1. When the Emperor Was Divine gives readers an intimate view of the fate of Japanese Americans during World War II. In what ways does the novel deepen our existing knowledge of this historical period? What does it give readers that a straightforward historical investigation cannot? 2. Why does Otsuka choose to reveal the family’s reason for moving–and the father’s arrest–so indirectly and so gradually? What is the effect when the reason becomes apparent? 3. Otsuka skillfully places subtle but significant details in her narrative. When the mother goes to Lundy’s hardware store, she notices a “dark stain” on the register “that would not go away.” The dog she has to kill is called “White Dog.” Her daughter’s favorite song on the radio is “Don’t Fence Me In.” How do these details, and others like them, point to larger meanings in the novel? 4. Why does Otsuka refer to her characters as “the woman,” “the girl,” “the boy,” and “the father,” rather than giving them names? How does this lack of specific identities affect the reader’s relationship to the characters? 5. When they arrive at the camp in the Utah desert–“a city of tar-paper barracks behind a barbed-wire fence on a dusty alkaline plain”–the boy thinks he sees his father everywhere: “wherever the boy looked he saw him: Daddy, Papa, Oto-san.” Why is the father’s absence such a powerful presence in the novel? How do the mother and daughter think of him? How would their story have been different had the family remained together? 6. When the boy wonders why he’s in the camp, he worries that “he’d done something horribly, terribly wrong. . . . It could be anything. Something he’d done yesterday–chewing the eraser off his sister’s pencil before putting it back in the pencil jar–or something he’d done a long time ago that was just now catching up with him.” What does this passage reveal about the damage racism does to children? What does it reveal about the way children try to make sense of their experience? 7. In the camp, the prisoners are told they’ve been brought there for their “own protection,” and that “it was all in the interest of national security. It was a matter of military necessity. It was an opportunity for them to prove their loyalty.” Why, and in what ways, are these justifications problematic? What do they reveal about the attitude of the American government toward Japanese Americans? How would these justifications appear to those who were taken from their homes and placed behind fences for the duration of the war? 8. What parallels does the novel reveal between the American treatment of citizens of Japanese descent and the Nazi treatment of Jews? 9. Much of When the Emperor Was Divine is told in short, episodic, loosely connected scenes–images, conversations, memories, dreams, and so on–that move between past and present and alternate points of view between the mother, daughter, and son. Why has Otsuka chosen to structure her narrative in this way? What effects does it allow her to achieve? 10. After the family is released from the camp, what instructions are they given? How do they regard themselves? How does America regard them? In what ways have they been damaged by their internment? 11. When they are at last reunited with their father, the family doesn’t know how to react. “Because the man who stood there before us was not our father. He was somebody else, a stranger who had been sent back in our father’s place.” Why do they regard him as a stranger? How has be been changed by his experience? In what ways does this reunion underscore the tragedy of America’s decision to imprison Japanese Americans during the war? 12. After the father returns home, he never once discusses the years he’d been away, and his children don’t ask. “We didn’t want to know. . . . All we wanted to do, now that we were back in the world, was forget.” Why do the children feel this way? Why would their father remain silent about such an important experience? In what ways does the novel fight against this desire to forget? 13. The mother is denied work because being a Japanese American might “upset the other employees” or offend the customers. She turns down a job working in a dark back room of a department store because she is afraid she “might accidentally remember who I was and. . . . offend myself .” What does this statement reveal about her character? What strengths does she exhibit throughout her ordeal? 14. Flowers appear throughout the novel. When one of the prisoners is shot by a guard, a witness believes the man had been reaching through the fence to pluck a flower. And the penultimate chapter ends with the following sentence: “But we never stopped believing that somewhere out there, in some stranger’s backyard, our mother’s rosebush was blossoming madly, wildly, pressing one perfect red flower after another out into the late afternoon light.” What symbolic value do the flowers have in this final passage? What does this open-ended ending suggest about the relationship between the family and the “strangers” they live amongst? 15. When the Emperor Was Divine concludes with a confession. Who is speaking in this final chapter? Is the speech entirely ironic? Why has Otsuka chosen to end the novel in this way? What does the confession imply about our ability to separate out the “enemy,” the “other,” in our midst?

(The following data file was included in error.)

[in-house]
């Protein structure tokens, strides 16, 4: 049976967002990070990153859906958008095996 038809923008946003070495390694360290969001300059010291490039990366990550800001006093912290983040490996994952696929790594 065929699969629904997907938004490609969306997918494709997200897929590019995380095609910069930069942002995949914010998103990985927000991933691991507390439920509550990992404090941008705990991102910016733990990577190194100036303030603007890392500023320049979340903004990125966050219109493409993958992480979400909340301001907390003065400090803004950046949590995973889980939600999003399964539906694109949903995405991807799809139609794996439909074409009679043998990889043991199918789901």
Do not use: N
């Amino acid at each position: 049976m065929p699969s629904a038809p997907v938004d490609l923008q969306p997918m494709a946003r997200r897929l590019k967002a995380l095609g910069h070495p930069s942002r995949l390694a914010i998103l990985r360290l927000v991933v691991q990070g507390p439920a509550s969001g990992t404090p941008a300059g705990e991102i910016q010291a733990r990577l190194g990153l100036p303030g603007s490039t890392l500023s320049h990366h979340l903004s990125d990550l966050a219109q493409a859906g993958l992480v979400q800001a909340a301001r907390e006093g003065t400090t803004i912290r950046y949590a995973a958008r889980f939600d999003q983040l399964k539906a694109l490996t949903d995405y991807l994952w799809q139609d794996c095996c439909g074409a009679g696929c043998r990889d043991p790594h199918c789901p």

The introduction, discussion questions, author biography, and suggested reading list that follow are designed to enhance your group’s reading of Julia Otsuka’s When the Emperor Was Divine. We hope they will provide fruitful ways of thinking and talking about a book that brilliantly explores the experience of Japanese Americans during World War II. Julia Otsuka’s quietly disturbing novel opens with a woman reading a sign in a post office window. It is Berkeley, California, the spring of 1942. Pearl Harbor has been attacked, the war is on, and though the precise message on the sign is not revealed, its impact on the woman who reads it is immediate and profound. It is, in many ways she cannot yet foresee, a sign of things to come. She readies herself and her two young children for a journey that will take them to the high desert plains of Utah and into a world that will shatter their illusions forever. They travel by train and gradually the reader discovers that all on board are Japanese American, that the shades must be pulled down at night so as not to invite rock-throwing, and that their destination is an internment camp where they will be imprisoned “for their own safety” until the war is over. With stark clarity and an unflinching gaze, Otsuka explores the inner lives of her main characters–the mother, daughter, and son–as they struggle to understand their fate and long for the father who they have not seen since he was whisked away, in slippers and handcuffs, on the evening of Pearl Harbor. Moving between dreams, memories, and sharply emblematic moments, When the Emperor Was Divine reveals the dark underside of a moment in American history that, until now, has been left largely unexplored in